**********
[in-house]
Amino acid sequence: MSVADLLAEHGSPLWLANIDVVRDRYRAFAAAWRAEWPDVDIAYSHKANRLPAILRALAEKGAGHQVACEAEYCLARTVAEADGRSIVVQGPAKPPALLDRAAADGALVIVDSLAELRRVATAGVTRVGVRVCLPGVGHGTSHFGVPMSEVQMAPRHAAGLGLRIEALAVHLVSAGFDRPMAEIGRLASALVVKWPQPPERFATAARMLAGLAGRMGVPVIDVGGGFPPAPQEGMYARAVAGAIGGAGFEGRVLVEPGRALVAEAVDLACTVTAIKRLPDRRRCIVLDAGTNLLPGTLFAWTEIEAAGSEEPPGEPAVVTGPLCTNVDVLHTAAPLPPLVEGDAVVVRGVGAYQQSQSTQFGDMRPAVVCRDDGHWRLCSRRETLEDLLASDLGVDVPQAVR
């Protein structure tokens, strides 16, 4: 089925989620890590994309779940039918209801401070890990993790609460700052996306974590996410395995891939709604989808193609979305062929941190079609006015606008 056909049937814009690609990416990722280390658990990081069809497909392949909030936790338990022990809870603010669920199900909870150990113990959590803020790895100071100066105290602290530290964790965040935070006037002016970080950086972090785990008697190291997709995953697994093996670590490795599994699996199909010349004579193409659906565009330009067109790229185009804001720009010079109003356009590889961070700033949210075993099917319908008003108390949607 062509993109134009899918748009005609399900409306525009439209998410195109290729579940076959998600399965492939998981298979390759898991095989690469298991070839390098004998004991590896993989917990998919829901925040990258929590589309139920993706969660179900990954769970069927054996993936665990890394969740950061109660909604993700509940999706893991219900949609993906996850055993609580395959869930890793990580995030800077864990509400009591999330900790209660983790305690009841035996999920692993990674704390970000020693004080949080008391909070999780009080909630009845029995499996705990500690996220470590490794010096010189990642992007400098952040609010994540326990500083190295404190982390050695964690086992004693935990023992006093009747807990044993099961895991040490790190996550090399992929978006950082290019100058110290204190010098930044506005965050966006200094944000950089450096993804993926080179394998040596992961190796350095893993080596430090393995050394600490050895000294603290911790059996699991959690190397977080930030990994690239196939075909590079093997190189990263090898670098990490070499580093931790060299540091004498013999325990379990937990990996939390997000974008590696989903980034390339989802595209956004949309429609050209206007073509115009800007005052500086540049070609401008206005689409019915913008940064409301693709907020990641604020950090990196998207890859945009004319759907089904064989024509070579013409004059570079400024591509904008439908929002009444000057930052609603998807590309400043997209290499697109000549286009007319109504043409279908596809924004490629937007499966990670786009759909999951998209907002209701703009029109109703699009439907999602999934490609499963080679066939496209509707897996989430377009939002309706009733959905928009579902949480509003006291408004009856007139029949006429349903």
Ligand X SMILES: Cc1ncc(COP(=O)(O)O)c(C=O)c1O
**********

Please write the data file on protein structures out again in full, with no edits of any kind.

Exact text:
[in-house]
Amino acid sequence: MSVADLLAEHGSPLWLANIDVVRDRYRAFAAAWRAEWPDVDIAYSHKANRLPAILRALAEKGAGHQVACEAEYCLARTVAEADGRSIVVQGPAKPPALLDRAAADGALVIVDSLAELRRVATAGVTRVGVRVCLPGVGHGTSHFGVPMSEVQMAPRHAAGLGLRIEALAVHLVSAGFDRPMAEIGRLASALVVKWPQPPERFATAARMLAGLAGRMGVPVIDVGGGFPPAPQEGMYARAVAGAIGGAGFEGRVLVEPGRALVAEAVDLACTVTAIKRLPDRRRCIVLDAGTNLLPGTLFAWTEIEAAGSEEPPGEPAVVTGPLCTNVDVLHTAAPLPPLVEGDAVVVRGVGAYQQSQSTQFGDMRPAVVCRDDGHWRLCSRRETLEDLLASDLGVDVPQAVR
């Protein structure tokens, strides 16, 4: 089925989620890590994309779940039918209801401070890990993790609460700052996306974590996410395995891939709604989808193609979305062929941190079609006015606008 056909049937814009690609990416990722280390658990990081069809497909392949909030936790338990022990809870603010669920199900909870150990113990959590803020790895100071100066105290602290530290964790965040935070006037002016970080950086972090785990008697190291997709995953697994093996670590490795599994699996199909010349004579193409659906565009330009067109790229185009804001720009010079109003356009590889961070700033949210075993099917319908008003108390949607 062509993109134009899918748009005609399900409306525009439209998410195109290729579940076959998600399965492939998981298979390759898991095989690469298991070839390098004998004991590896993989917990998919829901925040990258929590589309139920993706969660179900990954769970069927054996993936665990890394969740950061109660909604993700509940999706893991219900949609993906996850055993609580395959869930890793990580995030800077864990509400009591999330900790209660983790305690009841035996999920692993990674704390970000020693004080949080008391909070999780009080909630009845029995499996705990500690996220470590490794010096010189990642992007400098952040609010994540326990500083190295404190982390050695964690086992004693935990023992006093009747807990044993099961895991040490790190996550090399992929978006950082290019100058110290204190010098930044506005965050966006200094944000950089450096993804993926080179394998040596992961190796350095893993080596430090393995050394600490050895000294603290911790059996699991959690190397977080930030990994690239196939075909590079093997190189990263090898670098990490070499580093931790060299540091004498013999325990379990937990990996939390997000974008590696989903980034390339989802595209956004949309429609050209206007073509115009800007005052500086540049070609401008206005689409019915913008940064409301693709907020990641604020950090990196998207890859945009004319759907089904064989024509070579013409004059570079400024591509904008439908929002009444000057930052609603998807590309400043997209290499697109000549286009007319109504043409279908596809924004490629937007499966990670786009759909999951998209907002209701703009029109109703699009439907999602999934490609499963080679066939496209509707897996989430377009939002309706009733959905928009579902949480509003006291408004009856007139029949006429349903």
Ligand X SMILES: Cc1ncc(COP(=O)(O)O)c(C=O)c1O